Bryn Celli Ddu – the Mound in the Dark Grove – is probably the best-known and best-preserved prehistoric monument on Anglesey, and is one of the most evocative archaeological sites in Britain. The monument was built in the later Neolithic around 5,000 years ago, and consists of a long passage that leads to a polygonal stone chamber, and covered by an earthen mound.
A pillar of stone stands at the centre of this monument, which has been the subject of debate for the last decade or so. This post argues that it is made from blueschist, a metamorphic rock for which Anglesey is internationally famous.
Bryn Celli Ddu sits on an island famous for its geology. Originally described and mapped by Edward Greenly, Anglesey was the subject of its own book, surprisingly named: The Geology of Anglesey (1919). Ever since Greenly wrote this book, Anglesey has been described as the Mona Complex of Precambrian rocks.
These Precambrian rocks are fault-bound which create terranes across the island, collectively known by geologists today as the Monian Composite Terrane. These terranes are made up of smaller crustal fragments known as the Monian Supergroup (South Stack group, New Harbour group), the Coedana Complex (Coedeana gneisses, Gwna roup, Coedana granite hornfles) and the Blueschist Belt. These are covered by Phanerozoic volcanic and sedimentary rocks.
The map below shows where the Precambrian rocks are located in terms of the three main terrane boundaries.
The Anglesey blueschist belt
The yellow area on the map shows the region of the Anglesey blueschist belt. This area includes the Marquess of Anglesey’s column, a famous site for viewing the best blueschists for geologists looking to study the rock. The blueschists of Anglesey are some of the oldest known in the world, and geologists flock to see them as they are some of the most accessible and remarkable blueschists in the world.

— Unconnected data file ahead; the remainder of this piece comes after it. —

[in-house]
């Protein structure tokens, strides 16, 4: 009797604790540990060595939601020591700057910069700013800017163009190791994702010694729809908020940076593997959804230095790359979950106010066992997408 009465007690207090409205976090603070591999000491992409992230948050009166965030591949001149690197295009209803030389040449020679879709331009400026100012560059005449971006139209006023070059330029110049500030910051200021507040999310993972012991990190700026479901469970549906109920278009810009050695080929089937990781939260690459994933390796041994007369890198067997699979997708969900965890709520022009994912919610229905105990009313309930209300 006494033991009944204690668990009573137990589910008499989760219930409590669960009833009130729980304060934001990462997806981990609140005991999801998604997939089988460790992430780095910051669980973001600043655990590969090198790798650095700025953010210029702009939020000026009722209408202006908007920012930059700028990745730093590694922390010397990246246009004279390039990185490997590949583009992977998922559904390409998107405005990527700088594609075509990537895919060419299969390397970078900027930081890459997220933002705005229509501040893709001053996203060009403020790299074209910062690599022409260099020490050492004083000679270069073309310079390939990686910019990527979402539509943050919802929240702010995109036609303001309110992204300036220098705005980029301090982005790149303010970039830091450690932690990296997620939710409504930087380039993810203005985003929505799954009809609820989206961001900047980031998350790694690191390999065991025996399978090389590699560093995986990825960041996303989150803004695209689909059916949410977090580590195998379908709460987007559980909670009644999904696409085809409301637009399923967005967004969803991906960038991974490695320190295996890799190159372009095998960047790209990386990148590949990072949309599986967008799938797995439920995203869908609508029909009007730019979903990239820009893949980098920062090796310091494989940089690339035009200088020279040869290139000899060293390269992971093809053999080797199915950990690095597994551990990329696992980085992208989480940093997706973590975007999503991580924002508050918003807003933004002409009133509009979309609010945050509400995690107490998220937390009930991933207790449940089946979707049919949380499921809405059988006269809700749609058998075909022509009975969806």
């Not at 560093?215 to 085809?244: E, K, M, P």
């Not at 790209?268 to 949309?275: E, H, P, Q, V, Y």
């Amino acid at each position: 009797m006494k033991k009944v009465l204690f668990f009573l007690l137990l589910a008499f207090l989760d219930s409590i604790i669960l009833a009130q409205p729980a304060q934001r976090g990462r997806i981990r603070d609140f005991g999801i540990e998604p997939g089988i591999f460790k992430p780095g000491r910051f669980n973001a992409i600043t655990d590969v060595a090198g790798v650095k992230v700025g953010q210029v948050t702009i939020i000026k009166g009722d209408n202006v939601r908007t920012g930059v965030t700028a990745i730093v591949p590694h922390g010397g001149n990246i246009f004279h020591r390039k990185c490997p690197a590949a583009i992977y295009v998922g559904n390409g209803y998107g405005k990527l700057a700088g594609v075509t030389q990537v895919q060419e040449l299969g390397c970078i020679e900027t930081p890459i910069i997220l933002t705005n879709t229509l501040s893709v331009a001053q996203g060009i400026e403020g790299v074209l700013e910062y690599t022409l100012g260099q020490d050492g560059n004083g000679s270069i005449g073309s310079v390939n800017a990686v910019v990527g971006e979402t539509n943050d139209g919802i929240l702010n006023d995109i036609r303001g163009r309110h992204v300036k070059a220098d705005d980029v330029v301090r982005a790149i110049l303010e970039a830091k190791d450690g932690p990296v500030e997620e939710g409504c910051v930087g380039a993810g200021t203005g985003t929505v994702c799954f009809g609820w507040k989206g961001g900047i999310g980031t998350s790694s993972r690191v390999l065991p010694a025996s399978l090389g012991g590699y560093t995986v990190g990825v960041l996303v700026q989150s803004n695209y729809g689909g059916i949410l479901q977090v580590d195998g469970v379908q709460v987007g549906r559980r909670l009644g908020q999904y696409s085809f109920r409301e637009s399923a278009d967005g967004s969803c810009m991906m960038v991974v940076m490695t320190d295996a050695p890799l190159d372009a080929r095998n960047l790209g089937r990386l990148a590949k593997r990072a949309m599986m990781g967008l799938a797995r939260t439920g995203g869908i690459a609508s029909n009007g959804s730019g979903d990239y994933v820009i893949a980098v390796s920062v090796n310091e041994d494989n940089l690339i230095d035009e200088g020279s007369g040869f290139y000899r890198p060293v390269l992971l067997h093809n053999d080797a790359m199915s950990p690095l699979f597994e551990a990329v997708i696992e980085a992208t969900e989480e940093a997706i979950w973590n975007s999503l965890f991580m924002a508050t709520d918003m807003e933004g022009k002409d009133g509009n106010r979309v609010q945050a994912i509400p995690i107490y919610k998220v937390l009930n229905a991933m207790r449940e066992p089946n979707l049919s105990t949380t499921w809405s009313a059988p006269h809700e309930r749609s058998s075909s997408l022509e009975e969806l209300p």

Blueschist is an unusual metamorphic rock that is produced by subduction of oceanic crust. The occurrence of this blueschist is rare. It is created through a process of metamorphosis.
The only way that rocks can be metamorphosed to blueschist, is to be quickly be shoved down to those extreme depths in the earth and then rapidly brought back up before the rocks have time to heat up completely. That’s exactly what happens where two tectonic plates are colliding. It is this exceptional occurrence which can be seen clearly across the landscape of Bryn Celli Ddu, on Anglesey.
The blueschist at Bryn Celli Ddu
The blueschist that we see at Bryn Celli Ddu is part of this amazing geological belt. It’s incredible to think that Bryn Celli Ddu, along with a series of prehistoric monuments, including a Bronze Age cairn and 8 cupmarked rock art outcrops, were all built on this rare blueschist belt.
The question is, did Bryn Celli Ddu get built from blueschist?
To identify a rock as blueschist, geologists look for certain qualities in the rock:
- Blueschist, as its name suggests has a blueish tinge.
- It is also called glaucophane schist with the name coming from the presence of the predominant minerals glaucophane and lawsonite in the rock.
- The structure of the rock can appear folded, creating notches in its surface.
- The layers in schist can become intensely contorted even on a small scale.
All these characteristics can be found on the Bryn Celli Ddu stone pillar. It is a very unusual rock, cylindrical in its form, with several short ‘notches’ on its surface. There are areas of the rock that seem folded, and you can see how these have been contorted.
As part of the Bryn Celli Ddu Public Archaeology project this June, we are working with a qualified geologist, who will be on hand at our Open Day on the 17 of June, to answer any questions about the rocks and blueschists at Bryn Celli Ddu.